“Research shows that bariatric surgery has proven benefits for many health conditions, and the benefits are usually greater than traditional medical treatment alone,” Dr. Grantham says.
For example, a study of patients with Type II diabetes, published in the New England Journal of Medicine, showed that those who had bariatric surgery plus traditional treatments (like medicine and changes in diet) had far superior results compared to those who had just the traditional treatments alone, Dr. Grantham says.
And the results are long-lasting. According to this research, nearly all bariatric surgery patients in the study who had Type II diabetes were able to stop taking insulin, and many of them no longer needed any type of diabetic medicines at all during the three years of the study.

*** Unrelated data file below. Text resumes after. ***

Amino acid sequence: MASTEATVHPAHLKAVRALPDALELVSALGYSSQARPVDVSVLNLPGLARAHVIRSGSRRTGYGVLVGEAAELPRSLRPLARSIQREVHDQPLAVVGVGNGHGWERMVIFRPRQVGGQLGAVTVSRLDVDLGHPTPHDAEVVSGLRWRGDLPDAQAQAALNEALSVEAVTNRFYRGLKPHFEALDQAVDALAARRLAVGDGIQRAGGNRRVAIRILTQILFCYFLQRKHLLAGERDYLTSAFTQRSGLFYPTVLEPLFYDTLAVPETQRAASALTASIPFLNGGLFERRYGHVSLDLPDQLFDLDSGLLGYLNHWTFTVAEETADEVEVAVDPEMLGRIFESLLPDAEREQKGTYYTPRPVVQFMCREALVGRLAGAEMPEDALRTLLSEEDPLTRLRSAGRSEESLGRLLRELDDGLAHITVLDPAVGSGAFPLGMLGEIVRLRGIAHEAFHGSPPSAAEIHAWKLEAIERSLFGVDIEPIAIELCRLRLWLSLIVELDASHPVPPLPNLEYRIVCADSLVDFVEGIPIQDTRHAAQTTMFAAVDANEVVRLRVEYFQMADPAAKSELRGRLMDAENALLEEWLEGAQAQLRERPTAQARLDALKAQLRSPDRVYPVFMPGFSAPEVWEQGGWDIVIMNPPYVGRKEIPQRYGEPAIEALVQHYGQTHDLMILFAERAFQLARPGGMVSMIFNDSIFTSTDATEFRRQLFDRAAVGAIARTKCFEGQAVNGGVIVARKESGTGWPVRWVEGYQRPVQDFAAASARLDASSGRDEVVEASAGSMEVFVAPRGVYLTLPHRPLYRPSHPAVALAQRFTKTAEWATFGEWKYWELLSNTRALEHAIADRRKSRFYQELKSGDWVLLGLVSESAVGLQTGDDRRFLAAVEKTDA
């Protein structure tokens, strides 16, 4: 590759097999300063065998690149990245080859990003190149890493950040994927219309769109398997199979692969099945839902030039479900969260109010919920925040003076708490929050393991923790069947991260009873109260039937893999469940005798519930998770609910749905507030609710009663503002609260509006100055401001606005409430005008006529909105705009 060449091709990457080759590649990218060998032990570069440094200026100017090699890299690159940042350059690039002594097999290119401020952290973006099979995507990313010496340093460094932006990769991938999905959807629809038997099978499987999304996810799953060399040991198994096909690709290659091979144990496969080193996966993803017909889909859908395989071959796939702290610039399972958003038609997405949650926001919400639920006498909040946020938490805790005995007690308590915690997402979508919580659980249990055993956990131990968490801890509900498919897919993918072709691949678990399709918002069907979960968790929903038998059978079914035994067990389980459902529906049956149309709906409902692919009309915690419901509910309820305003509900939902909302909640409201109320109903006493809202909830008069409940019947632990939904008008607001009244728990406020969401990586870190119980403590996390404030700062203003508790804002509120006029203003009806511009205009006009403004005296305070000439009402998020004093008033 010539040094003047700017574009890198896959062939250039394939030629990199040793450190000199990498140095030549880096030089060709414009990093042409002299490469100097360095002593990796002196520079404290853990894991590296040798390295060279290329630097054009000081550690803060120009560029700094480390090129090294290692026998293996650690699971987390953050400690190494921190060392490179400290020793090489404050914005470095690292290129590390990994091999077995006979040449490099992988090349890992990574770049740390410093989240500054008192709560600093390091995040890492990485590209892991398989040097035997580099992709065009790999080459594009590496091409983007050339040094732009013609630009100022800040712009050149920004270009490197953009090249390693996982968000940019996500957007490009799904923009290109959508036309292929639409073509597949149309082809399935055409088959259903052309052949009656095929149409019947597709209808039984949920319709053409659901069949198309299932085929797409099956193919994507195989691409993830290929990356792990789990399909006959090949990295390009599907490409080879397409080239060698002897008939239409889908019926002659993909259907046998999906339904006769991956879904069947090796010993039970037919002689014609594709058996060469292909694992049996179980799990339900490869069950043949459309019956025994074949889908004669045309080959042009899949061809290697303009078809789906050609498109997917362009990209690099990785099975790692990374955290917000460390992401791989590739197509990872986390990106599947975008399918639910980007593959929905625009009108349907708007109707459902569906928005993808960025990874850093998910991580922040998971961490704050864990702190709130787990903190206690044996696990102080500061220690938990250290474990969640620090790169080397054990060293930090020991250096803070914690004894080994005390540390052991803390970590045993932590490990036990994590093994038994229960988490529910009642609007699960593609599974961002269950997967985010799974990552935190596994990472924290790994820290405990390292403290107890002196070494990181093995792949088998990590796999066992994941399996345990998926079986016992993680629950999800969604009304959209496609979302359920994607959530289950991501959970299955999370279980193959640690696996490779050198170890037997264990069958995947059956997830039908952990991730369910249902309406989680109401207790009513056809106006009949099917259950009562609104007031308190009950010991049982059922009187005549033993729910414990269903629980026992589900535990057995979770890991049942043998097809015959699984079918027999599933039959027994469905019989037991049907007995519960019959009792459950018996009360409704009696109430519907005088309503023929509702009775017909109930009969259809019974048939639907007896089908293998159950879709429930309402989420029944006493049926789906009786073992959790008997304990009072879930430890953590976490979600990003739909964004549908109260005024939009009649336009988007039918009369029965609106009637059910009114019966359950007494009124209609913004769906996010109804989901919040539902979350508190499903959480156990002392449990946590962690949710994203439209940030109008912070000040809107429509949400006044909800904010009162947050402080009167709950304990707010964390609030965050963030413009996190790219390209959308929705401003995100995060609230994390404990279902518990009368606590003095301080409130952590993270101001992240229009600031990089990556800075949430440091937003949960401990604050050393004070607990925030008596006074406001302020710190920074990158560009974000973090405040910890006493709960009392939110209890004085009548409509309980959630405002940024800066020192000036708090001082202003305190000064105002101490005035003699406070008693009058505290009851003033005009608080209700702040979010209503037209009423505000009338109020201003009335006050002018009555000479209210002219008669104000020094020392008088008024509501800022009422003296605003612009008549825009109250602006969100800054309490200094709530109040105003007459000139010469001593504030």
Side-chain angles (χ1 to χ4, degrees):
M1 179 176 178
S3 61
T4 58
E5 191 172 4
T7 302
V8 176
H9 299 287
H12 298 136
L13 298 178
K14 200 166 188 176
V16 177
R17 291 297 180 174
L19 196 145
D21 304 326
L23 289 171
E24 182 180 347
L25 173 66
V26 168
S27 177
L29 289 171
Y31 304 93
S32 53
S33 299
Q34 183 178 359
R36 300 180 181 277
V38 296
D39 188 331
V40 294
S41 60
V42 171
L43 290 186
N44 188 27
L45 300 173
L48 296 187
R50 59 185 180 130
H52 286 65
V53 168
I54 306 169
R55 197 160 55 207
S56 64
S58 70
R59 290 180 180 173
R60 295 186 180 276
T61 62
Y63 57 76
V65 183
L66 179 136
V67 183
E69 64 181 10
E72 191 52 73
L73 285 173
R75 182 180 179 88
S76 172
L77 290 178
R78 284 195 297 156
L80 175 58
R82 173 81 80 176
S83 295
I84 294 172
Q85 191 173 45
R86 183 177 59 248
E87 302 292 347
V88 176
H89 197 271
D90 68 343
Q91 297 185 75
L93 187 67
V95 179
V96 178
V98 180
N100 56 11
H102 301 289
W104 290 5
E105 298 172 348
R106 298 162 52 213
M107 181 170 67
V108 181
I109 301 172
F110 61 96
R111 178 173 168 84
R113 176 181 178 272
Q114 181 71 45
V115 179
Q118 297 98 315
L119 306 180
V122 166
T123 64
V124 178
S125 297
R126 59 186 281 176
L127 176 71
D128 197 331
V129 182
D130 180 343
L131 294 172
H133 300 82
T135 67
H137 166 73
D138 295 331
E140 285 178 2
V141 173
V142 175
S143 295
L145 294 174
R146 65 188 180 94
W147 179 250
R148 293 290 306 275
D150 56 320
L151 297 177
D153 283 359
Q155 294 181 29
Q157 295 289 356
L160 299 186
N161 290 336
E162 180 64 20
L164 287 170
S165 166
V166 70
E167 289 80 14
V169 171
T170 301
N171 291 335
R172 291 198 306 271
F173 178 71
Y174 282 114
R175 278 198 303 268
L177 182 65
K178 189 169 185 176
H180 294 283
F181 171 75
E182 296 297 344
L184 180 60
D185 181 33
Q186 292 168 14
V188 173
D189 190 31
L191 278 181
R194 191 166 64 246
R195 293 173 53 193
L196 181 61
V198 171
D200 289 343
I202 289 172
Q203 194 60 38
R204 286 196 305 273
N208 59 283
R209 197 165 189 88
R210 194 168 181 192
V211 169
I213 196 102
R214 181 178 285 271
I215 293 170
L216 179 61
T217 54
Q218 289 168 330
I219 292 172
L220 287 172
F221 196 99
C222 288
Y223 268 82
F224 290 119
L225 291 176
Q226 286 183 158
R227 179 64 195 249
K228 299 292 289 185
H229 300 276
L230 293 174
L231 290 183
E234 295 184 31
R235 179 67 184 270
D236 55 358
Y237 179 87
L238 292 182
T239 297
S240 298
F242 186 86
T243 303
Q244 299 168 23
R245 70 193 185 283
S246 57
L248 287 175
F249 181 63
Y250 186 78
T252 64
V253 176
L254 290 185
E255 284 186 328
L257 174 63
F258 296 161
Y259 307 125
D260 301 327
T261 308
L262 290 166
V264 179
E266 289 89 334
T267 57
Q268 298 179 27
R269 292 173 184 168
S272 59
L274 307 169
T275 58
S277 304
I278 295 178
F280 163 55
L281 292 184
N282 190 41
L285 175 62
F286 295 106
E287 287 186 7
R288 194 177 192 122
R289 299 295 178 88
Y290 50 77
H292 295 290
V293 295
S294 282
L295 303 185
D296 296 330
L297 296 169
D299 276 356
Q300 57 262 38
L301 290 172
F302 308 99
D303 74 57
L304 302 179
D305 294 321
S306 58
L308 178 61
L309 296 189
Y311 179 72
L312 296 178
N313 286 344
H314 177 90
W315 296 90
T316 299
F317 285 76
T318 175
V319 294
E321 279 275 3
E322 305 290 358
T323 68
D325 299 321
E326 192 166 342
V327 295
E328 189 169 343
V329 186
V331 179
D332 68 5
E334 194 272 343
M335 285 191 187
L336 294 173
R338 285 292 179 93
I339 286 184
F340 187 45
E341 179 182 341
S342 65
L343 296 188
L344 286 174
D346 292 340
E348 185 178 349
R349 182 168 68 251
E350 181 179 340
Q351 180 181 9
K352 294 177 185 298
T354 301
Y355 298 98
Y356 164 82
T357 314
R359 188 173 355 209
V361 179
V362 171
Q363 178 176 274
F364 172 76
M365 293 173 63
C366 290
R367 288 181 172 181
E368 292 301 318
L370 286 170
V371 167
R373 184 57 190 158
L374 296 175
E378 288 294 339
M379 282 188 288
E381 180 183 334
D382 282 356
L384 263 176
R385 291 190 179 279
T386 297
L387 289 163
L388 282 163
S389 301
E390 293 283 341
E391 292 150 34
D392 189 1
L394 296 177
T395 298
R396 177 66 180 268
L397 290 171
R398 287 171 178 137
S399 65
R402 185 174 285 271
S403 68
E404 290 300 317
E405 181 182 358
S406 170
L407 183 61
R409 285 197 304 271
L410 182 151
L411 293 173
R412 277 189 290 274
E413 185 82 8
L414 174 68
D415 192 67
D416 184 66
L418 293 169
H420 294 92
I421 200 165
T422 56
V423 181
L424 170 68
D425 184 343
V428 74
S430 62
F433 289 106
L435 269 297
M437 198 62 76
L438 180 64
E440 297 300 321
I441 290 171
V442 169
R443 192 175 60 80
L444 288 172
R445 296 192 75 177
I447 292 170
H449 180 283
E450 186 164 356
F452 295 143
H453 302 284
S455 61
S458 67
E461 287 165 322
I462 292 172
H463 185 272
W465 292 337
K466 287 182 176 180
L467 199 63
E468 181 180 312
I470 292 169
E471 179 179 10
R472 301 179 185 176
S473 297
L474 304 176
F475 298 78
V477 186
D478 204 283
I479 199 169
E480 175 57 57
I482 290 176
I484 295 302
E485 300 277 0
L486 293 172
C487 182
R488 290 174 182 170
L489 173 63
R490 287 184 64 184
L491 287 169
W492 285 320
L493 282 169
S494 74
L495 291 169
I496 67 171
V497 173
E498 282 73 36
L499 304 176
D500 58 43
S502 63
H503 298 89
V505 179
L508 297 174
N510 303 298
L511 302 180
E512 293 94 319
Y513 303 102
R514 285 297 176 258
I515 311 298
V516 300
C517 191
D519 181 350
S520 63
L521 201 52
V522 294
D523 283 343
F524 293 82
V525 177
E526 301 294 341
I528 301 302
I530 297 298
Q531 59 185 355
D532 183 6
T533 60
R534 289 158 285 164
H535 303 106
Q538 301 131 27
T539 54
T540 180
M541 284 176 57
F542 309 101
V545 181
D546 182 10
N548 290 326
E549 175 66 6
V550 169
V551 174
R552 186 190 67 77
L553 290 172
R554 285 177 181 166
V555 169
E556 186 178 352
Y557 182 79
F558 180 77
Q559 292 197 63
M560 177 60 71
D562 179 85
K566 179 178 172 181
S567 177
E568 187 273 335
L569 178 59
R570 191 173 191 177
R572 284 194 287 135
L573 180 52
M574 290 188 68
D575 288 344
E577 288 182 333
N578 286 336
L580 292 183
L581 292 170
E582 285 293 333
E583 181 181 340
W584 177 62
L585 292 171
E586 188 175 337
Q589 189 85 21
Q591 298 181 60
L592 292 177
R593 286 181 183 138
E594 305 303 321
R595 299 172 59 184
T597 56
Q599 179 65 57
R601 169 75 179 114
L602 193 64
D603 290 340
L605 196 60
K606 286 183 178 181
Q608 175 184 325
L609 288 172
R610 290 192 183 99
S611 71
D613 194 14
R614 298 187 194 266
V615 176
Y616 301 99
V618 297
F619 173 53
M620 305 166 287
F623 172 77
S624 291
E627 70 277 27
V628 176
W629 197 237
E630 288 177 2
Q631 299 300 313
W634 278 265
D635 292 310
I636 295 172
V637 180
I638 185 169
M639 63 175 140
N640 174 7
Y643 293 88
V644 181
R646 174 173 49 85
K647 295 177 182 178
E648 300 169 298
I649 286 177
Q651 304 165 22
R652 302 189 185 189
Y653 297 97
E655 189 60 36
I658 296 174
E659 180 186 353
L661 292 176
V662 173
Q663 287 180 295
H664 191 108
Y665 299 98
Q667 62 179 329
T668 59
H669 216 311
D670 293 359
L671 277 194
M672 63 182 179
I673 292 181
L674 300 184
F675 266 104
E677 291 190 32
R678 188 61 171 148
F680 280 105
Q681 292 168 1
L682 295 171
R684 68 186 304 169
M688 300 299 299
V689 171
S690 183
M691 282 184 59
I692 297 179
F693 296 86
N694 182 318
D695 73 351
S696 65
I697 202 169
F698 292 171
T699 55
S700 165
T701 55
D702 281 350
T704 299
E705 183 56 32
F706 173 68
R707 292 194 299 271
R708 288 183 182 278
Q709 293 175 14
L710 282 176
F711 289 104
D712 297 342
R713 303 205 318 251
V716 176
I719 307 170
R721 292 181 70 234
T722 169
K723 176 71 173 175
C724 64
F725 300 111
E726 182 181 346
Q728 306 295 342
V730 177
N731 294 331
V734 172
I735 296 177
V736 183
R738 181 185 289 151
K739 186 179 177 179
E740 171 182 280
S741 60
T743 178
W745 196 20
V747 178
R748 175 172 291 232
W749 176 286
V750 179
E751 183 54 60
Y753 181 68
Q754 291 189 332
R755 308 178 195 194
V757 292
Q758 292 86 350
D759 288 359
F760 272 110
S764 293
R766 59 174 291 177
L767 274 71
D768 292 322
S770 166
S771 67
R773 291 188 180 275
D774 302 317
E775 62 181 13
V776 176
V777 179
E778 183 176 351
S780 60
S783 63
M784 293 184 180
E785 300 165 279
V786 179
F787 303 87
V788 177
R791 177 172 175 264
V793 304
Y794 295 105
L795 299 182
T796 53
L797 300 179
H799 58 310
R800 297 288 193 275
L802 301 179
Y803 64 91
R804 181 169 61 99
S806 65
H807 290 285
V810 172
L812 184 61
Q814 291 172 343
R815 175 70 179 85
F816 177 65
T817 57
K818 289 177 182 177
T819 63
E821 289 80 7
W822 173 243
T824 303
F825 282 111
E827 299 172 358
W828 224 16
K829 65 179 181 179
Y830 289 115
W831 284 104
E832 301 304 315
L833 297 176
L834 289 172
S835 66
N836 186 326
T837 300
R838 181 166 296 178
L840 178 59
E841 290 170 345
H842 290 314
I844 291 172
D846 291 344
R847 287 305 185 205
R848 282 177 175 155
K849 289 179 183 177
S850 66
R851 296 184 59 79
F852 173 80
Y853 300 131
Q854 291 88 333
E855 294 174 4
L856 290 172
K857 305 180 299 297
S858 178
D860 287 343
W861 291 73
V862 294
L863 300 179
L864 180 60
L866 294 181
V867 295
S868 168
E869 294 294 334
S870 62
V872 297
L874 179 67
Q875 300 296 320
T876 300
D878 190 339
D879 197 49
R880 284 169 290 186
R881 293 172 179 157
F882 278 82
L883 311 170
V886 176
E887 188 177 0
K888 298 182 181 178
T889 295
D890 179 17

As for their lifestyle, the Dixons are enjoying activities in ways they haven’t in a long time. And they will have a lot to celebrate at their 19th wedding anniversary in July.
“Before, it was a waste of money for me to pay for 18 holes of golf, because I couldn’t finish it without hurting,” he says. “Now, I don’t even use a cart!”
Exhaustion is also a thing of the past.
“We went to Universal Studios this past spring, and it never crossed my mind to stop and rest,” Bill says. “This time, instead of being tired halfway through our vacation, we concentrated on how many more rides we could cram into the day. It’s a whole new world for us, being able to enjoy things like this.”
For information about the bariatric surgery program and upcoming informational sessions at FirstHealth Moore Regional Hospital, call (800) 213-3284, or visit www.NCWeightLossSurgery.org.